Who Are You, Really?

Recently, I’ve been doing a complete overhaul of my apartment, sorting my things and getting rid of items that are just clogging up my space. And then I decided to attempt to sort my years of photos, all stashed in boxes and albums. Eventually, I came across this photo of me from about five years ago. In a way, she is a totally different person from who I am now. I had just started at a new job in the military, I was missing my creative life and I was feeling very lonely, having just moved away from my family for the first time. This girl is nervous, excited, and energetic. It wasn’t so long ago, but this girls feels so very young to me.

My recent job change has led to some serious analysis of who I am, as I ponder what it is that I contribute to the world. What is my identity? Who am I? So as I peer through pictures of my childhood and then ones from my not-s0-distant past, I’ve been trying to answer all of these questions. I figure we can only realize who we are by looking at who we once were.

For a long time, the only identity that I allowed myself to relate to was that of author. I wanted to write since I was six years old (corny and cliché, but true) and so I allowed that role to consume me. So much so, that I almost missed out on my opportunity to join the military, simply because I was convinced that it wasn’t the life I was meant to lead. And then once I enrolled, I became so entrenched in the military lifestyle that I couldn’t imagine myself as anything other than a soldier. When suddenly stripped of that identity, I felt lost and because of this, I have spent the last six months since my release desperately searching for my lot in life. I couldn’t be “just” writer, could I?

Alas (yes, I just said “alas”), my soldier and writer identities are one in the same. Without my military experience, I would never have found my initial writing niche, which has led to many lucrative writing contracts. Without my time in the forces, I wouldn’t have developed such an amazing work ethic that is vital in the freelance writing world. Most of all, I wouldn’t have discovered all of my strengths and weaknesses and learned how to parlay those into a successful writing business that brings me such joy, I can’t ever imagine how I turned my back on my writer side for all those years. This girl here, she is a part soldier, part writer, part friend and part daughter. She knows who she is. She laughs a lot. She is happy.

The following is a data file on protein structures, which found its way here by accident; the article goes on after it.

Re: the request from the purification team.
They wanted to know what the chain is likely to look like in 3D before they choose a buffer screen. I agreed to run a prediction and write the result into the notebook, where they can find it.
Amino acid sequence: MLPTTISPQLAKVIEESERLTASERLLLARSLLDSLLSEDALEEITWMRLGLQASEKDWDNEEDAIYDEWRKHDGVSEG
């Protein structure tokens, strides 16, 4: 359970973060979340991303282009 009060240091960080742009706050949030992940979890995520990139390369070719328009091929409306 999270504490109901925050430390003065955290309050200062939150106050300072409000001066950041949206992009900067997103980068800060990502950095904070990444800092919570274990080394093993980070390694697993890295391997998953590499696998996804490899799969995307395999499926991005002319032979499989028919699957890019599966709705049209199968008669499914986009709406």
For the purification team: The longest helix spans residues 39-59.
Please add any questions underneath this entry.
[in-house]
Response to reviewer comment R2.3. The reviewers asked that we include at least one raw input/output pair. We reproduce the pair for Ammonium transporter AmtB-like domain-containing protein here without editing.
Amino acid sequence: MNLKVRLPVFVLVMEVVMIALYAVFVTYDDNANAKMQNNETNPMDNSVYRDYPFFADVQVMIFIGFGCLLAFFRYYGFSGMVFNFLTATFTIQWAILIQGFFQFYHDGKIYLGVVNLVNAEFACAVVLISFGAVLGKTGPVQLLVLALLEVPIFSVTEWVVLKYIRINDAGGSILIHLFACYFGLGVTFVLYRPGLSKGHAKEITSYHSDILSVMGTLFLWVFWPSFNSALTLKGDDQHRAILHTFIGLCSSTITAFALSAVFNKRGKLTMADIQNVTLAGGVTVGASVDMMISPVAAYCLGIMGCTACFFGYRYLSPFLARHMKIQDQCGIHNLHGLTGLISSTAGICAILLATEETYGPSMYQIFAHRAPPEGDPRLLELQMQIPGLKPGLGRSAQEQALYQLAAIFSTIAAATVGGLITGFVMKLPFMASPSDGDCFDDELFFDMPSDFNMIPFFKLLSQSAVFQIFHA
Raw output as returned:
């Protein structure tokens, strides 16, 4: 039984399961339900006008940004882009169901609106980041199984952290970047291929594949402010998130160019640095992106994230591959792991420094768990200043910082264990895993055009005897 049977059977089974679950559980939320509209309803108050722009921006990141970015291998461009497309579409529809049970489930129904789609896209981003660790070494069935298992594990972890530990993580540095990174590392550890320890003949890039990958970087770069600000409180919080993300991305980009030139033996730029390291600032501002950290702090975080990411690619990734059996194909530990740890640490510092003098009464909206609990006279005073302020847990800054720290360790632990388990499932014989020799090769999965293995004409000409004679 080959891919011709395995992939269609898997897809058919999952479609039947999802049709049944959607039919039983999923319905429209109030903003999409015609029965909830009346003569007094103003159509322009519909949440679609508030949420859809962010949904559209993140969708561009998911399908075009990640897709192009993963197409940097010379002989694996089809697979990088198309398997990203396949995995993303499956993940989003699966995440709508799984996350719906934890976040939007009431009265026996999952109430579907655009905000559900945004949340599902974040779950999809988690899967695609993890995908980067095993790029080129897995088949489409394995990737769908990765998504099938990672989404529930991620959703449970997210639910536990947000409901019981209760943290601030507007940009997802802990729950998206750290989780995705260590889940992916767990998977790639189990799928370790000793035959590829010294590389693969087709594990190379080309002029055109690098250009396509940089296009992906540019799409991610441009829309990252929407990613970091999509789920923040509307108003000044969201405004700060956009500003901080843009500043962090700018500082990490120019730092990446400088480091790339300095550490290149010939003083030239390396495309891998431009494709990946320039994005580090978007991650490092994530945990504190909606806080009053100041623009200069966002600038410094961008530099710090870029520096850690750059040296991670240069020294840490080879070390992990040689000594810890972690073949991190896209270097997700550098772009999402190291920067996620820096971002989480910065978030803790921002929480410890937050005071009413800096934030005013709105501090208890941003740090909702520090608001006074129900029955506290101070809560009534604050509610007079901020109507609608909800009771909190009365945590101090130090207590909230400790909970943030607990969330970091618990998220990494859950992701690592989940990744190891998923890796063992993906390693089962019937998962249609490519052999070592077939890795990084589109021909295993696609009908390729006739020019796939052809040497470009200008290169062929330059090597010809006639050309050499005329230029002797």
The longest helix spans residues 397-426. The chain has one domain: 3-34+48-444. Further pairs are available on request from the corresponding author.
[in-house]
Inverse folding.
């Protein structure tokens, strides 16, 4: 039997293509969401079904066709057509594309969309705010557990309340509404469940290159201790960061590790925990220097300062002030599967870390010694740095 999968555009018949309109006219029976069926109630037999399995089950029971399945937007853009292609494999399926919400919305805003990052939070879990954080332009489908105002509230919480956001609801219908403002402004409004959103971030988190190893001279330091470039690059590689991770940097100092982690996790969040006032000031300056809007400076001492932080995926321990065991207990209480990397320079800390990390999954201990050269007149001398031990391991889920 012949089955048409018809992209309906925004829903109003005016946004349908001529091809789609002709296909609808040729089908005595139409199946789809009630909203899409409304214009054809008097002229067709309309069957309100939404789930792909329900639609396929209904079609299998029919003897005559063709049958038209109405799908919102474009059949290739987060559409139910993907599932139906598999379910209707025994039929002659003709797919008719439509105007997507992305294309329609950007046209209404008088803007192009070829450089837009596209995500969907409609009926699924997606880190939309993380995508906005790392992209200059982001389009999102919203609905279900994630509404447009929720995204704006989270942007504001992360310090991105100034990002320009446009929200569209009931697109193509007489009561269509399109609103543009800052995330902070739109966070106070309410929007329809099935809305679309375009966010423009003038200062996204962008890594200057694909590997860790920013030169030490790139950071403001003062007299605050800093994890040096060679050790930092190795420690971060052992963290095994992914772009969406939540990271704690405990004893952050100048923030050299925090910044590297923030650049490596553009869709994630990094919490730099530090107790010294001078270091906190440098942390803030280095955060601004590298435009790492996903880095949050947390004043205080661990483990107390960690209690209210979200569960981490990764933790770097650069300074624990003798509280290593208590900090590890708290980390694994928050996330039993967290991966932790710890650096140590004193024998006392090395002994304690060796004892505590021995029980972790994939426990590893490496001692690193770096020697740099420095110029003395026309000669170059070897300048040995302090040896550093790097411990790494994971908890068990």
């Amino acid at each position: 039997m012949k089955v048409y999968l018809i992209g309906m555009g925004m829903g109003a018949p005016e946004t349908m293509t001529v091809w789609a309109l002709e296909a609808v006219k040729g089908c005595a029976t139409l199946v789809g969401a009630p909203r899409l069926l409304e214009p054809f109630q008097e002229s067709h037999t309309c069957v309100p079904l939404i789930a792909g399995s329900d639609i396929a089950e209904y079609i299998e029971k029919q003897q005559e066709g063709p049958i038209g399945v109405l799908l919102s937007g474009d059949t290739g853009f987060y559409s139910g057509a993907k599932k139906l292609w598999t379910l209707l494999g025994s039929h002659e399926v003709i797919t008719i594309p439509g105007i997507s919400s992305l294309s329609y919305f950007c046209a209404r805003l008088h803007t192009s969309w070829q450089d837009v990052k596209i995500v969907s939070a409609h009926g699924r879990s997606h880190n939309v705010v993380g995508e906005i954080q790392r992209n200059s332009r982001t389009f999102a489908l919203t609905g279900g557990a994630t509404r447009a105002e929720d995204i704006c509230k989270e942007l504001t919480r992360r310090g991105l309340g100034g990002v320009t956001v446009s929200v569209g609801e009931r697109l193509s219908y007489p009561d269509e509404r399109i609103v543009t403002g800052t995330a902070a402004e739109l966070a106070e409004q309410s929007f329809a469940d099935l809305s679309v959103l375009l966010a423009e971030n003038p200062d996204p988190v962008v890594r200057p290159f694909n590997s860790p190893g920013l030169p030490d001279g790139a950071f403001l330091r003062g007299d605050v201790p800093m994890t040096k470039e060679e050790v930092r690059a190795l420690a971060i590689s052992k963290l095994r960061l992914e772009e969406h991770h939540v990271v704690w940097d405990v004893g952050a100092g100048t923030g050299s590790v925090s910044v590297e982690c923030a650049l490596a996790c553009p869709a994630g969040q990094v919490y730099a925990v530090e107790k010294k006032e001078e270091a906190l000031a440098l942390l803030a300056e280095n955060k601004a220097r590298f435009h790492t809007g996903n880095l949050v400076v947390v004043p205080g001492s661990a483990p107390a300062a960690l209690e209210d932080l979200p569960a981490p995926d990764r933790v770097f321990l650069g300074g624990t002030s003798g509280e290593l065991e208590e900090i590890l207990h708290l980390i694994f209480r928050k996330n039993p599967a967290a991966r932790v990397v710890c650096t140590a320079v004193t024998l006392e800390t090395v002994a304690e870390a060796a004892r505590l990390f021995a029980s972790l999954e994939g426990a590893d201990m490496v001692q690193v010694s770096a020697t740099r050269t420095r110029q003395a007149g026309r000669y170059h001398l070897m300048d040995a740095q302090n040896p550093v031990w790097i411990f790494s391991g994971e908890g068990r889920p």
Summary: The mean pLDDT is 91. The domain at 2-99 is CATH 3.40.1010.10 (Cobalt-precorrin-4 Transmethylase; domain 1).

I’m sure you’re all wondering how this relates to yoga, but really, I don’t know if I ever would have come to these conclusions without my yoga practice. Part of meditation and yoga is learning to love yourself for who you are, getting in touch with your true self. Without yoga, I wouldn’t have gotten this far. I would still be wrestling with all of my different parts, desperate to somehow link them all together.

The moral of this story is this: As your life roles ebb and flow, don’t fight against them: Embrace them. Accept all of the new parts that make you who you are. Too often, we obsess about the identities that society places on us, be it parent or spouse, employee or student, writer or soldier. All of the talents, characteristics and experiences that comprise your soul can co-exist; you don’t have to be one or the other. Don’t let the world tell you who you are. Figure it out for yourself and refuse to label it.

Kelly

0 thoughts on “Who Are You, Really?”

  1. Wonderful post! Especially loved your closing,

    “All of the talents, characteristics and experiences that comprise your soul can co-exist; you don’t have to be one or the other. Don’t let the world tell you who you are. Figure it out for yourself and refuse to label it.”

    HUGE Praise for trusting your inner guide/guru/goddess and following your passion!

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